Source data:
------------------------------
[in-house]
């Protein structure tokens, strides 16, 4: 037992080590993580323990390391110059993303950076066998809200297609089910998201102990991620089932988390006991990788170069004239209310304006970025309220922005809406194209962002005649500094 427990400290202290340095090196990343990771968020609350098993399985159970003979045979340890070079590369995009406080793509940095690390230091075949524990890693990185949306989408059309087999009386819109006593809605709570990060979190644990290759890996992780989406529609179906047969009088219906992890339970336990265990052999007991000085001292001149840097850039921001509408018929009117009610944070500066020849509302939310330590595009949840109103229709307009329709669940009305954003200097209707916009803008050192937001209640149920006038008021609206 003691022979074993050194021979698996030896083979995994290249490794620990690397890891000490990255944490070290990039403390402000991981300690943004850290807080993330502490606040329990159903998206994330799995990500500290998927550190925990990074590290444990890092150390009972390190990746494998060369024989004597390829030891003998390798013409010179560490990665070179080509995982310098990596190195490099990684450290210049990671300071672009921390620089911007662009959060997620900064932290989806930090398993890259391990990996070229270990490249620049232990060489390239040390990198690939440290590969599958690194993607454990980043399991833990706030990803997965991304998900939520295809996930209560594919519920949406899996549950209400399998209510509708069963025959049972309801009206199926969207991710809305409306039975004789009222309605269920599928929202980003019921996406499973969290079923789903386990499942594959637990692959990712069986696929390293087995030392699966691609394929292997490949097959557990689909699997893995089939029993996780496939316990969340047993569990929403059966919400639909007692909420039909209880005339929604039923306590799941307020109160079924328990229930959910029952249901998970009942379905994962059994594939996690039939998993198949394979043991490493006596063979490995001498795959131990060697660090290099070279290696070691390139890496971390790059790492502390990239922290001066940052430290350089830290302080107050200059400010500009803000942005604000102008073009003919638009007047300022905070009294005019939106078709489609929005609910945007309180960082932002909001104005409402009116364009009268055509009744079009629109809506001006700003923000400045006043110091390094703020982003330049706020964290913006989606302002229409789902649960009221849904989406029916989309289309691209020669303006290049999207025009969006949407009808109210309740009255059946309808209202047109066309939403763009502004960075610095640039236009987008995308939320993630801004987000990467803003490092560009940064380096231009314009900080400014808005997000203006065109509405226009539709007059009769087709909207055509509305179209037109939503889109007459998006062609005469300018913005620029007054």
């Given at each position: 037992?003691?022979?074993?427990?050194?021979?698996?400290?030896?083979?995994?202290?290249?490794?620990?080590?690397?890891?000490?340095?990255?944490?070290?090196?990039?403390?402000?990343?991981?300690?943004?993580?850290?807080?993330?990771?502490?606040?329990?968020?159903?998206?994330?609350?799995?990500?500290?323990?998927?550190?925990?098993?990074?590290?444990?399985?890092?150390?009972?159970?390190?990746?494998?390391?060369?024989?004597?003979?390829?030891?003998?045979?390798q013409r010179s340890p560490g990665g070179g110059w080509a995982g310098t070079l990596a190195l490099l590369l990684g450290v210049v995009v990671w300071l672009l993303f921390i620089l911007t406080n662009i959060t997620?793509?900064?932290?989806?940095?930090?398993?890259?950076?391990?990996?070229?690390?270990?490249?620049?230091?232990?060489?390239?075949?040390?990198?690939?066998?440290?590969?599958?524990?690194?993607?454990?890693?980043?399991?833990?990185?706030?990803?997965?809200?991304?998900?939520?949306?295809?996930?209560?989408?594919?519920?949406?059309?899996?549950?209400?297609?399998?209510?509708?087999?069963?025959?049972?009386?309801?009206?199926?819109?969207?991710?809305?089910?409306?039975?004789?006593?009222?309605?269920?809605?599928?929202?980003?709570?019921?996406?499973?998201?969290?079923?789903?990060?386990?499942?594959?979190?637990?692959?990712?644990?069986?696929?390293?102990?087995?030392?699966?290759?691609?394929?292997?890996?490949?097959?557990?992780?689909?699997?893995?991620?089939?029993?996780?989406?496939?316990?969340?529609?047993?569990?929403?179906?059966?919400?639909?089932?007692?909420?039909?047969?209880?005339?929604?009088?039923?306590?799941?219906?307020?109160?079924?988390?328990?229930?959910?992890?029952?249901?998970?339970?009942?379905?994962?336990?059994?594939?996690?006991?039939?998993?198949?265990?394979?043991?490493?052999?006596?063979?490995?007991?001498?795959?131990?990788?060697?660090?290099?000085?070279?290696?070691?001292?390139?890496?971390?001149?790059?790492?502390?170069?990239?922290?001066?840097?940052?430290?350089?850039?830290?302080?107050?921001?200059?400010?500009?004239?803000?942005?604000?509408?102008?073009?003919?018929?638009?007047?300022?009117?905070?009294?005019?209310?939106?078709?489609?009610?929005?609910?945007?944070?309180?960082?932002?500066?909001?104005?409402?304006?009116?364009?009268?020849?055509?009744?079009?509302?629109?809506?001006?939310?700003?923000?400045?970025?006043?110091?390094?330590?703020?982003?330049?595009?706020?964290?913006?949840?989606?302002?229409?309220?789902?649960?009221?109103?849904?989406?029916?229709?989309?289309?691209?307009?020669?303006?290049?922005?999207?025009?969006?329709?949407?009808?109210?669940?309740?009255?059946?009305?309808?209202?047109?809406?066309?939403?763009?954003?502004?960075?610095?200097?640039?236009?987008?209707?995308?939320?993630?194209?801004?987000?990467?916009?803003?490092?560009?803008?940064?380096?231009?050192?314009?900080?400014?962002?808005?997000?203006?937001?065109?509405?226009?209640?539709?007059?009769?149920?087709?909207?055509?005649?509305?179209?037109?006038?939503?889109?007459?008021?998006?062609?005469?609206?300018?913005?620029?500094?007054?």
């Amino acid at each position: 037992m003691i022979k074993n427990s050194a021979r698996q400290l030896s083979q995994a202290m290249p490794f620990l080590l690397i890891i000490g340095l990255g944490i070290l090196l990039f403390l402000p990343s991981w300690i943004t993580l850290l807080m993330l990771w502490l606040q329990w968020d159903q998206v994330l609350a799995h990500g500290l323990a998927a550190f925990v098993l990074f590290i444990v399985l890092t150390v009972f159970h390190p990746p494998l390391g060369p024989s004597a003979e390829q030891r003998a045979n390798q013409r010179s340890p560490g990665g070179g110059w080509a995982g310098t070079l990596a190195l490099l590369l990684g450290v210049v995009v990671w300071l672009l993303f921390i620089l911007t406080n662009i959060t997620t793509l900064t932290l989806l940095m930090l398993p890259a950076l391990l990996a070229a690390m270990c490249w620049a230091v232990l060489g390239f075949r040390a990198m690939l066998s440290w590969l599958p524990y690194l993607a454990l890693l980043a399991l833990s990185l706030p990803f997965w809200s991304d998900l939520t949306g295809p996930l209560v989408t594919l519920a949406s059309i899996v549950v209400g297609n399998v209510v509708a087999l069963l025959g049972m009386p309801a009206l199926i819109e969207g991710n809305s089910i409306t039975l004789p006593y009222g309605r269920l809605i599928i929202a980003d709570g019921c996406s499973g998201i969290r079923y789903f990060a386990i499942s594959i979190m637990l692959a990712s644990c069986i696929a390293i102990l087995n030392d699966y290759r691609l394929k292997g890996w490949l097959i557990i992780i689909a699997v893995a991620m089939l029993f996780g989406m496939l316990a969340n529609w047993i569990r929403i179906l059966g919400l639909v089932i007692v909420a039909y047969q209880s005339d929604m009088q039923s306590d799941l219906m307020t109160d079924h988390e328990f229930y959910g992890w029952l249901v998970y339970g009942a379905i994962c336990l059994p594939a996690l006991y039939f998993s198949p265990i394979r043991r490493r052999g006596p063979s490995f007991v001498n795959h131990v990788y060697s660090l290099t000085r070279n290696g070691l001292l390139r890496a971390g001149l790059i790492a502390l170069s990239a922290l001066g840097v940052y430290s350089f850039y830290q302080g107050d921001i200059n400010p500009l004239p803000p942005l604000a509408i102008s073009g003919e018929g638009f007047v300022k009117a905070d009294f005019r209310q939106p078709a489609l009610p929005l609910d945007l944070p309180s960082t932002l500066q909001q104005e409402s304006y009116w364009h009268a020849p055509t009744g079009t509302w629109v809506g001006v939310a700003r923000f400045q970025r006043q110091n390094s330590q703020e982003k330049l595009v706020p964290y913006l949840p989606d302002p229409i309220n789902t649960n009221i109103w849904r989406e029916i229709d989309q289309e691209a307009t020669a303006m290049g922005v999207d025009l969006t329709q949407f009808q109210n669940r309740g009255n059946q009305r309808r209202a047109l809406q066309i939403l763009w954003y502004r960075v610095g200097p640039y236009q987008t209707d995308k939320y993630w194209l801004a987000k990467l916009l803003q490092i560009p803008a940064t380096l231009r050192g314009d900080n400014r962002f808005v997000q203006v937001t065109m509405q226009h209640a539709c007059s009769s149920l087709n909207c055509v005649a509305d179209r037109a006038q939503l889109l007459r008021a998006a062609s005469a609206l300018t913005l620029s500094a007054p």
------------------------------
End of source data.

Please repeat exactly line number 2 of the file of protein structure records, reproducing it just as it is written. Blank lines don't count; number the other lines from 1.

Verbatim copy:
């Protein structure tokens, strides 16, 4: 037992080590993580323990390391110059993303950076066998809200297609089910998201102990991620089932988390006991990788170069004239209310304006970025309220922005809406194209962002005649500094 427990400290202290340095090196990343990771968020609350098993399985159970003979045979340890070079590369995009406080793509940095690390230091075949524990890693990185949306989408059309087999009386819109006593809605709570990060979190644990290759890996992780989406529609179906047969009088219906992890339970336990265990052999007991000085001292001149840097850039921001509408018929009117009610944070500066020849509302939310330590595009949840109103229709307009329709669940009305954003200097209707916009803008050192937001209640149920006038008021609206 003691022979074993050194021979698996030896083979995994290249490794620990690397890891000490990255944490070290990039403390402000991981300690943004850290807080993330502490606040329990159903998206994330799995990500500290998927550190925990990074590290444990890092150390009972390190990746494998060369024989004597390829030891003998390798013409010179560490990665070179080509995982310098990596190195490099990684450290210049990671300071672009921390620089911007662009959060997620900064932290989806930090398993890259391990990996070229270990490249620049232990060489390239040390990198690939440290590969599958690194993607454990980043399991833990706030990803997965991304998900939520295809996930209560594919519920949406899996549950209400399998209510509708069963025959049972309801009206199926969207991710809305409306039975004789009222309605269920599928929202980003019921996406499973969290079923789903386990499942594959637990692959990712069986696929390293087995030392699966691609394929292997490949097959557990689909699997893995089939029993996780496939316990969340047993569990929403059966919400639909007692909420039909209880005339929604039923306590799941307020109160079924328990229930959910029952249901998970009942379905994962059994594939996690039939998993198949394979043991490493006596063979490995001498795959131990060697660090290099070279290696070691390139890496971390790059790492502390990239922290001066940052430290350089830290302080107050200059400010500009803000942005604000102008073009003919638009007047300022905070009294005019939106078709489609929005609910945007309180960082932002909001104005409402009116364009009268055509009744079009629109809506001006700003923000400045006043110091390094703020982003330049706020964290913006989606302002229409789902649960009221849904989406029916989309289309691209020669303006290049999207025009969006949407009808109210309740009255059946309808209202047109066309939403763009502004960075610095640039236009987008995308939320993630801004987000990467803003490092560009940064380096231009314009900080400014808005997000203006065109509405226009539709007059009769087709909207055509509305179209037109939503889109007459998006062609005469300018913005620029007054």